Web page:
It has become clear that the Trump administration has a world view that disparages the discussion of global issues while also denigrating science. Two stories help to illustrate this troubling trend. Public Radio International today aired a story about the fact that positions at the U.S. State Department are going unfilled, and the Trump budget proposes a huge cut to the department.
One of those empty chairs at State once belonged to Thomas Countryman, who served in the US foreign service for 35 years. His most recent post during the Obama presidency was assistant secretary of state for international security and nonproliferation. Countryman says there are two possible explanations for why the White House is leaving so many State Department slots unfilled. One is benign, and one is more sinister.
"The benign explanation is that it's difficult to find somebody who has perfect, unthinking loyalty to Mr. Trump and who also is minimally qualified for the job that they would have to do and would need Senate confirmation. Those two groups of people may not intersect at all," he says. "The more difficult explanation, [which] unfortunately, I believe to be true, [is] that there's a deliberate policy on the part of the White House to let the State Department and other agencies atrophy to ensure that there remains a vacuum in the analytical and leadership capabilities of State and other agencies."The second story comes from here in San Diego, but is being repeated in many places in the country. It relates to the concern of scientists that the Trump administration will actively try to destroy data related to climate and other environmental change. The San Diego Union-Tribune reveals that scientists at the University of California, San Diego are trying to make sure that their data are preserved.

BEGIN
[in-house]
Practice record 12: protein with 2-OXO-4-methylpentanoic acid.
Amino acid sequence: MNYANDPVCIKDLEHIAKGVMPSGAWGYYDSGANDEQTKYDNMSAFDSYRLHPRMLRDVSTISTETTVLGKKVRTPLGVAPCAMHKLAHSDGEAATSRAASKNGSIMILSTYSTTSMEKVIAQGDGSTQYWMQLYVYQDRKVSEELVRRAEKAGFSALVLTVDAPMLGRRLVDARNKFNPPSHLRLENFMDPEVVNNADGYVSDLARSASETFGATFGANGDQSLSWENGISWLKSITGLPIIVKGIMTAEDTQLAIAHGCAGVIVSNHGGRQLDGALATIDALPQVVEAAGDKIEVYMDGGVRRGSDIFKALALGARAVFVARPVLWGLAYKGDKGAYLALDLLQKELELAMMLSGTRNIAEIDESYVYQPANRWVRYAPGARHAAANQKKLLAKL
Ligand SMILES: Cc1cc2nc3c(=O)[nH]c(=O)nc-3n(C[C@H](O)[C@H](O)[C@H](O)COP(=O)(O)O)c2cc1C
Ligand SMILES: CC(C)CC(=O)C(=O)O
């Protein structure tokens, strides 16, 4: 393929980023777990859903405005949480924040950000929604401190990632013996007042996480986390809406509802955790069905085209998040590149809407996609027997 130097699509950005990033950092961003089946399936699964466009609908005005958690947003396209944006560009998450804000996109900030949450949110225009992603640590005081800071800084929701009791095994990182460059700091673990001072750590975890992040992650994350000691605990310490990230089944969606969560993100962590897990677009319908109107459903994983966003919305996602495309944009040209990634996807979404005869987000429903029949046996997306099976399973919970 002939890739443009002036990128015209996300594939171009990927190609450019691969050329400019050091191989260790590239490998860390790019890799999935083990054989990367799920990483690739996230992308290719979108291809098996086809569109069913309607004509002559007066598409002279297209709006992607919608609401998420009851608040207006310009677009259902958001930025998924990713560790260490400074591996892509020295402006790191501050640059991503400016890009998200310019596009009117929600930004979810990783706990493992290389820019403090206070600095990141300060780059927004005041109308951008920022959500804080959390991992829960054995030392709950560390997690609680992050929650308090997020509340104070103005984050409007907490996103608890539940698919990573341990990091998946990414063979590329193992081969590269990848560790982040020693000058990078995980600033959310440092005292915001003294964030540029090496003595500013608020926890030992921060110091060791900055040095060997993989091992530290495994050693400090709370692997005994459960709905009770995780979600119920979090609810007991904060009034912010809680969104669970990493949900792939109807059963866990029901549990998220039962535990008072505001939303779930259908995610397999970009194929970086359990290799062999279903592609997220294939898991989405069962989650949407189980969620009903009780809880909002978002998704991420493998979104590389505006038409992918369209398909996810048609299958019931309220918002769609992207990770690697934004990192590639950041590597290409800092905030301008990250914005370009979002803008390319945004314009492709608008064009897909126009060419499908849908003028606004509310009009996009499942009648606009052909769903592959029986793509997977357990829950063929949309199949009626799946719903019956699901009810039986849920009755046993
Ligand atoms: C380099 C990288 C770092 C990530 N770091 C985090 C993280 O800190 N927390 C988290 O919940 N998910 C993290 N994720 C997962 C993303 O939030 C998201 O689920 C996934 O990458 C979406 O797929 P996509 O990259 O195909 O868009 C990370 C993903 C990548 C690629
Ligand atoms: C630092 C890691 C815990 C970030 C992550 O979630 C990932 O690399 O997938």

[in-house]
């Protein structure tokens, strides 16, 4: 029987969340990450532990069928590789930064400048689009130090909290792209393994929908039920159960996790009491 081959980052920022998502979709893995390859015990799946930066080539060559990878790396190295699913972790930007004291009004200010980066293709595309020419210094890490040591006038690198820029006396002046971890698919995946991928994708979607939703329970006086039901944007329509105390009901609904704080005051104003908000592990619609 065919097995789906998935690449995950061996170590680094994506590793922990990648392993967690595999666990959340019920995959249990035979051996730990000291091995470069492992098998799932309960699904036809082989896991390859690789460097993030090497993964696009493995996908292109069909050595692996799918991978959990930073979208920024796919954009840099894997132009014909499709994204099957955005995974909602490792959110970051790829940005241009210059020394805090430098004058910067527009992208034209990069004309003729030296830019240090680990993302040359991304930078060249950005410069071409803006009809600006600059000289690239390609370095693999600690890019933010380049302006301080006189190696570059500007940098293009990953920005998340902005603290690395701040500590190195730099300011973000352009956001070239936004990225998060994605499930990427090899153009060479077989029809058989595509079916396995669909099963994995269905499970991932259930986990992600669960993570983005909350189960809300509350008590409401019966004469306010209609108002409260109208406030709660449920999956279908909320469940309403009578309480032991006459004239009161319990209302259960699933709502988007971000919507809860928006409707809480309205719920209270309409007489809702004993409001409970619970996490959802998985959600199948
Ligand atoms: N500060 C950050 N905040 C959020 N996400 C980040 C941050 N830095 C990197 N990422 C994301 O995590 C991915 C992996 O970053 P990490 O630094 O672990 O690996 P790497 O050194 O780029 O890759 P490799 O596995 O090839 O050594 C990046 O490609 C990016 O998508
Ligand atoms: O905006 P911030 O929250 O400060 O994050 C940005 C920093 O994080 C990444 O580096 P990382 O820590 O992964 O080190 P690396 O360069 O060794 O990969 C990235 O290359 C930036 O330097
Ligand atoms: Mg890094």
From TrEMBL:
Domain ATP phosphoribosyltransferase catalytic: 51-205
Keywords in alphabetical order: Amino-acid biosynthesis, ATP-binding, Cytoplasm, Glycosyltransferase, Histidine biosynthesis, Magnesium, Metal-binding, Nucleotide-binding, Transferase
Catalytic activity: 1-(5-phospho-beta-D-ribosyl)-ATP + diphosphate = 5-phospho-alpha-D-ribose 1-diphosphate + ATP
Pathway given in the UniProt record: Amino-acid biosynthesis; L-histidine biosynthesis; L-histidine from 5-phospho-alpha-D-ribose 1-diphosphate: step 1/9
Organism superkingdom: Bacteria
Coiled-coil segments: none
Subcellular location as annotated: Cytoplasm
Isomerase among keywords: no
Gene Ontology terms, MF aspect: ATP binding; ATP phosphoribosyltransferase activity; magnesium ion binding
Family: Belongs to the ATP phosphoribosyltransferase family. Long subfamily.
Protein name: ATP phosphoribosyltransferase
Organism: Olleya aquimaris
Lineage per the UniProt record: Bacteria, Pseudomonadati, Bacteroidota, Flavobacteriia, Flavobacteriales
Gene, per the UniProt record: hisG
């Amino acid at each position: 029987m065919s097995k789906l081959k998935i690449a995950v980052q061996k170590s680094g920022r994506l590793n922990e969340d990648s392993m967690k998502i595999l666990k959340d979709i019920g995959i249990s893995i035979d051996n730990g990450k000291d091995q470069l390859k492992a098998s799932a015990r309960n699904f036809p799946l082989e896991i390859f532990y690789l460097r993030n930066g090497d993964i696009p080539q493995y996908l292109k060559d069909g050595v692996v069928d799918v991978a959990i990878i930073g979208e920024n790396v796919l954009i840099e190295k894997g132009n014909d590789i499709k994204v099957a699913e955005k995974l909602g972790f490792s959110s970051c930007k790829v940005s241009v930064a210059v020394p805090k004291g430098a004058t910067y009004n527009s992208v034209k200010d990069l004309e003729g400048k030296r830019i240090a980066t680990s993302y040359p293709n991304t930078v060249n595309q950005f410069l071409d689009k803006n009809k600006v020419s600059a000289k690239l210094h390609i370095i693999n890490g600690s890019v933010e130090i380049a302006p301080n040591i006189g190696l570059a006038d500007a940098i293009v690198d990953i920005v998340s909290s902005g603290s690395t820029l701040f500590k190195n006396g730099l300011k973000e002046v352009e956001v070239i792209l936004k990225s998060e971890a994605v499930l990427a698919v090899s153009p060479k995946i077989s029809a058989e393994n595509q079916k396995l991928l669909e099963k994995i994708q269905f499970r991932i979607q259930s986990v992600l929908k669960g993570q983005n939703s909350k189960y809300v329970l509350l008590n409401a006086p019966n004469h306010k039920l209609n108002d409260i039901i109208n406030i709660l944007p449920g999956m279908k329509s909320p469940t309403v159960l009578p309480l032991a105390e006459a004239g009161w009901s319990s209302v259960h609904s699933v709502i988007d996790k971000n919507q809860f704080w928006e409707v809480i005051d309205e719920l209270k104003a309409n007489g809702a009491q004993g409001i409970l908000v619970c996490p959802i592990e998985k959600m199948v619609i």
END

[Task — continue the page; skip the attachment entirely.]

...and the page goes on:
Countryman says vacancies at State mean fewer voices might speak out to challenge the snap decisions emanating from the White House.
The situation at UC San Diego resembles efforts by scientists, librarians, environmental activists and others across the country to preserve climate data housed at colleges and on government websites. Representatives of places such as the University of Michigan and MIT said they’re worried that President Donald Trump and his team could suppress information that’s central to policy discussions, international treaties and business regulations.
The president has repeatedly denied the existence of global warming or cast doubt on it. He has called climate change an “expensive hoax” and said, “I am not a great believer in man-made climate change.”
And Scott Pruitt — head of the Environmental Protection Agency, the federal government’s leading enforcer on climate-change issues — said Thursday that he doesn’t believe carbon dioxide is a “primary contributor” to climate change.These are very unsettling developments and we need to do what we can to keep safety and science at the top of the national agenda.